Verse > John Donne > The Poems of John Donne
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John Donne (1572–1631).  The Poems of John Donne.  1896.
 
Songs and Sonnets
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GOOD we must love, and must hate ill,
For ill is ill, and good good still;
  But there are 1 things indifferent,
Which we may neither hate, nor love,
But one, and then another prove,        5
  As we shall find our fancy bent.
 
If then at first wise Nature had
Made women either good or bad,
  Then some we might hate, and some choose;
But since she did them so create,        10
That we may neither love, nor hate,
  Only this rests, all all 2 may use.
 
If they were good, it would be seen;
Good is as visible as green,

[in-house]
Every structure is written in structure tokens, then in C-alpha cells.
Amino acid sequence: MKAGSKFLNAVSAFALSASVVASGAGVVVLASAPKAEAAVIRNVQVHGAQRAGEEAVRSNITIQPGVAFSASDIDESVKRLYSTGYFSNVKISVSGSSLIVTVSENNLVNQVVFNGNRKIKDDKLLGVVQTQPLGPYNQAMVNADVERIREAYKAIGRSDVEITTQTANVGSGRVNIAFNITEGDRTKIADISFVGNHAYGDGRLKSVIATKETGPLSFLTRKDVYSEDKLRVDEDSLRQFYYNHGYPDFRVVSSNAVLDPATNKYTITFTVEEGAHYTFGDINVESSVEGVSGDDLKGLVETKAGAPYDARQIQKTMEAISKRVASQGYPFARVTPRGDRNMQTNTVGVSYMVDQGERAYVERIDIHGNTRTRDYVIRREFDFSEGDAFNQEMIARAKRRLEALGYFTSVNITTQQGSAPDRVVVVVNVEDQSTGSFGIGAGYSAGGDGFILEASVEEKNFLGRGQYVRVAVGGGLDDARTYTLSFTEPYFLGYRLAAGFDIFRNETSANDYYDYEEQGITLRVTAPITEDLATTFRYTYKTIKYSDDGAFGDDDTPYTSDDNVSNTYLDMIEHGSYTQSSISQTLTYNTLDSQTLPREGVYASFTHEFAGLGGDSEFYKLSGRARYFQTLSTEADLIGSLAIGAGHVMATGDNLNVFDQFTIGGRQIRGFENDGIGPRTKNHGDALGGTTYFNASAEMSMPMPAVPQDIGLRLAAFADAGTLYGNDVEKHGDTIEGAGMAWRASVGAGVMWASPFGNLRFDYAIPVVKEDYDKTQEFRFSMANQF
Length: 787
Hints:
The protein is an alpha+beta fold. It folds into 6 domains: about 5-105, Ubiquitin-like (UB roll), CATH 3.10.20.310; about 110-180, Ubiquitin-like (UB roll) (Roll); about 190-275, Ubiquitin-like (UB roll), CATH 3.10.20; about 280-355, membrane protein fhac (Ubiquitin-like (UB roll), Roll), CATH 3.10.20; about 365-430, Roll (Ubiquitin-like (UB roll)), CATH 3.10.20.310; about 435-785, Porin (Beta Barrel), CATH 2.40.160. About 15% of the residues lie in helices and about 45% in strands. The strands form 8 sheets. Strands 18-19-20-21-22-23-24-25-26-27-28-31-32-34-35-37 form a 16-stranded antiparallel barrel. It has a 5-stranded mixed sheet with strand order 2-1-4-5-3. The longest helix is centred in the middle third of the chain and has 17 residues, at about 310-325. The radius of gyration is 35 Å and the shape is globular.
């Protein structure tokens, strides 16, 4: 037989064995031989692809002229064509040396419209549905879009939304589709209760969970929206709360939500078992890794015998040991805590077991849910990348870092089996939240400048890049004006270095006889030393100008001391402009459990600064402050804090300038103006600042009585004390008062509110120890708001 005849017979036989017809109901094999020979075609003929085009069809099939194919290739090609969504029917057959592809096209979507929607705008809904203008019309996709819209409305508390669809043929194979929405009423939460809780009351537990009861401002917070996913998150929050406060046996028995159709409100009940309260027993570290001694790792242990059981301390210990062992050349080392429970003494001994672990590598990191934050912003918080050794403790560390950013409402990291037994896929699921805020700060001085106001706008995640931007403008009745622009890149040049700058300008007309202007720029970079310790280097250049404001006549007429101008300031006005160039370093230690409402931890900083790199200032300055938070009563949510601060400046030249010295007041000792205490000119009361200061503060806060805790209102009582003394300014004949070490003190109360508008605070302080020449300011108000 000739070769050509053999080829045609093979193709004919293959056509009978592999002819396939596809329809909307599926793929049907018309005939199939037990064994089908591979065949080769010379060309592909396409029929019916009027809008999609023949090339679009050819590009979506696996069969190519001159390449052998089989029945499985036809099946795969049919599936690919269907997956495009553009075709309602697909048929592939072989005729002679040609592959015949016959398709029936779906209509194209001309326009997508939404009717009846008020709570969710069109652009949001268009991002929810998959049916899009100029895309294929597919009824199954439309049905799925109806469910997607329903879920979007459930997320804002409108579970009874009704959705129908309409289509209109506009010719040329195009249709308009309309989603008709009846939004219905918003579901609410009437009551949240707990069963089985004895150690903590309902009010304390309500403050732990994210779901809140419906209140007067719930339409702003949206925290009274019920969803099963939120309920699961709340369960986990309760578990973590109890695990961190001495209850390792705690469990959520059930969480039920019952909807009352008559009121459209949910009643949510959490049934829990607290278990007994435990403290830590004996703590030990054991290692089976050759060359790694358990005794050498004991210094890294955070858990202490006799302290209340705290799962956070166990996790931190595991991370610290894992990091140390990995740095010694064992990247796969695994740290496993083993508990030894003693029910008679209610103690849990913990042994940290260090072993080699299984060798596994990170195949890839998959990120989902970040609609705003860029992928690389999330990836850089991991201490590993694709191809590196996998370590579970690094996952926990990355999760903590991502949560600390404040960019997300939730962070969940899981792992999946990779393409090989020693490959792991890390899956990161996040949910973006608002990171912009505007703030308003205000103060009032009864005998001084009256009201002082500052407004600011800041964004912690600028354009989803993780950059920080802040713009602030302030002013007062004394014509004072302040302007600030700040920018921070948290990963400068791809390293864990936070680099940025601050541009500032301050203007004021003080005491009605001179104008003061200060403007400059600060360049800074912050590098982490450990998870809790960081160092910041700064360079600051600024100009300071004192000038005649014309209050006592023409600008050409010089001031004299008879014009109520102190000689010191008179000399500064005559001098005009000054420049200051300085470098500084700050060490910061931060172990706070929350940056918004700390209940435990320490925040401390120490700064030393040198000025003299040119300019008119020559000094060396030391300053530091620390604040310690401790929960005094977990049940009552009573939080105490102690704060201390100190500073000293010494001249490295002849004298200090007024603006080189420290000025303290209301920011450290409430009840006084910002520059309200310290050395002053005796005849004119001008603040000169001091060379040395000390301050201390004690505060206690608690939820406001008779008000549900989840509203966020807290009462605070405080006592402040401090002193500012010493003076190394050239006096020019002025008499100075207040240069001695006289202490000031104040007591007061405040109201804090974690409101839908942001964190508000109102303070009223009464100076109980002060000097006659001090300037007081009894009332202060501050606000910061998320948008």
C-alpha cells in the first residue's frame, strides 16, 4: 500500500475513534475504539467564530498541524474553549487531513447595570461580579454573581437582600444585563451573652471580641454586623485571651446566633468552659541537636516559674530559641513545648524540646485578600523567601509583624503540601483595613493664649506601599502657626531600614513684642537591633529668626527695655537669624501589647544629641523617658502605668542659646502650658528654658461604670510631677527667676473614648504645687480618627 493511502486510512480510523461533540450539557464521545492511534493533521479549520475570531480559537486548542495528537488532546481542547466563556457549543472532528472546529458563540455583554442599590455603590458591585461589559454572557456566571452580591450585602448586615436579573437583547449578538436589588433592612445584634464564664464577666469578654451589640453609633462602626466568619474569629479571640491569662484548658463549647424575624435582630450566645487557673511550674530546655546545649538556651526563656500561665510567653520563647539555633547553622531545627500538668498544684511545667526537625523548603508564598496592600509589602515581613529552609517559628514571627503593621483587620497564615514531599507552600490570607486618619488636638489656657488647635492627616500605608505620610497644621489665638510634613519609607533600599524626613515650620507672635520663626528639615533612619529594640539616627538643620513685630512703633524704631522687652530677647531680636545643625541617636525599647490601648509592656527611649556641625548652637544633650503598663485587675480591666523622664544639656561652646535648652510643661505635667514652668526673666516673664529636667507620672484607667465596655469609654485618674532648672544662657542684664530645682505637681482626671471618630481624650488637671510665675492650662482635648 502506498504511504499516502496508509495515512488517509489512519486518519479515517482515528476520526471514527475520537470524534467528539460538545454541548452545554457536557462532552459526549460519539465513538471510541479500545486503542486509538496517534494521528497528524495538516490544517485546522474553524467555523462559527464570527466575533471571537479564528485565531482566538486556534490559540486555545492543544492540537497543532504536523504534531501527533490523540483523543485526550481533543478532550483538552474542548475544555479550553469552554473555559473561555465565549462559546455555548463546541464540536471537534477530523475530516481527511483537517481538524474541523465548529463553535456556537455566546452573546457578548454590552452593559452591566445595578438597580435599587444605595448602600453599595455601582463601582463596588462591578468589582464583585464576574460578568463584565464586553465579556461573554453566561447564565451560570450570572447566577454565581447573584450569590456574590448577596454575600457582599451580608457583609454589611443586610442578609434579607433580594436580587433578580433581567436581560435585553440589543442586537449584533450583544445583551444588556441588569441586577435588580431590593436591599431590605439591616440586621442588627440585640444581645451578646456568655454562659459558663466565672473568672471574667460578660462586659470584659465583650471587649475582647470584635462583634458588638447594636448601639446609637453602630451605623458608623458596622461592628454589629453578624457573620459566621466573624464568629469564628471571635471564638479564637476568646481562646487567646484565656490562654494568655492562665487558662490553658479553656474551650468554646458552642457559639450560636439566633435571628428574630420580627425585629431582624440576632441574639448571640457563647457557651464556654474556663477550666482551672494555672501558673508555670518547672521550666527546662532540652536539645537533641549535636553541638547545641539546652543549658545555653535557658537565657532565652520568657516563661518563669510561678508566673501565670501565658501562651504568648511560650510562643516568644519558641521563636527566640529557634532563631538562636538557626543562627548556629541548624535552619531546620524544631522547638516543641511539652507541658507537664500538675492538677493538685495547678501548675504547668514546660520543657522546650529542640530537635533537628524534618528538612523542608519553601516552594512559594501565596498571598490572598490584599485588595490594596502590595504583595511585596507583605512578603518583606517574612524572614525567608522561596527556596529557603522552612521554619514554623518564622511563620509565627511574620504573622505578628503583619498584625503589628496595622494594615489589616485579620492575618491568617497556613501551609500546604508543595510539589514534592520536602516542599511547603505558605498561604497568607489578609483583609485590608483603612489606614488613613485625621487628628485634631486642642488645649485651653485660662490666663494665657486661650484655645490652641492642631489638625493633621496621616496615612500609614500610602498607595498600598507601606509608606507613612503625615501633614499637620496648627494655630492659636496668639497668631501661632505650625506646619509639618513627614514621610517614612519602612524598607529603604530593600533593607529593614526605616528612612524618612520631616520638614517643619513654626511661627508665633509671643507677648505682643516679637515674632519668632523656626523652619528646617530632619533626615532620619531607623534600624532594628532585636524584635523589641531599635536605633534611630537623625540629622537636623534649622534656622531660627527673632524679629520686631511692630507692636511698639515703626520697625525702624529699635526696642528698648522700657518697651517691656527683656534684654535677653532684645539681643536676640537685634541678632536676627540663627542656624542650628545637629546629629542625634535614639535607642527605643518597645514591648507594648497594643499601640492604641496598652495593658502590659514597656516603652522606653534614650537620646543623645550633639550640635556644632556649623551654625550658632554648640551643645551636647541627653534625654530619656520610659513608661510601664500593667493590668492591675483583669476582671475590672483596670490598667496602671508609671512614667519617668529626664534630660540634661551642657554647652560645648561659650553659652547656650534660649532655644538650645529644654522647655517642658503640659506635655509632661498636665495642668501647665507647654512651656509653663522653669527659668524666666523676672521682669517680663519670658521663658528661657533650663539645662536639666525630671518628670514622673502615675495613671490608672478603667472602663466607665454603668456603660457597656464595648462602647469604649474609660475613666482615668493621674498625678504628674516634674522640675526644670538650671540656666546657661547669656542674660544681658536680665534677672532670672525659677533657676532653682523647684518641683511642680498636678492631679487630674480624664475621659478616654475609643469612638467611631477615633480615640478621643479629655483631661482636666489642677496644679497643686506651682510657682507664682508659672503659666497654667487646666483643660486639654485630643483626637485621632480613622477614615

And to all eyes itself betrays,        15
If they were bad, they could not last;
Bad doth itself and others waste;
  So they deserve nor blame, nor praise.
 
But they are ours as fruits are ours;
He that but tastes, he that devours,        20
  And he that leaves all, doth as well;
Changed loves are but changed sorts of meat;
And when he hath the kernel eat,
  Who doth not fling away the shell?
 
Note 1. l. 3. So 1635; 1633, these are [back]
Note 2. l. 12. 1669, all men [back]
 
 
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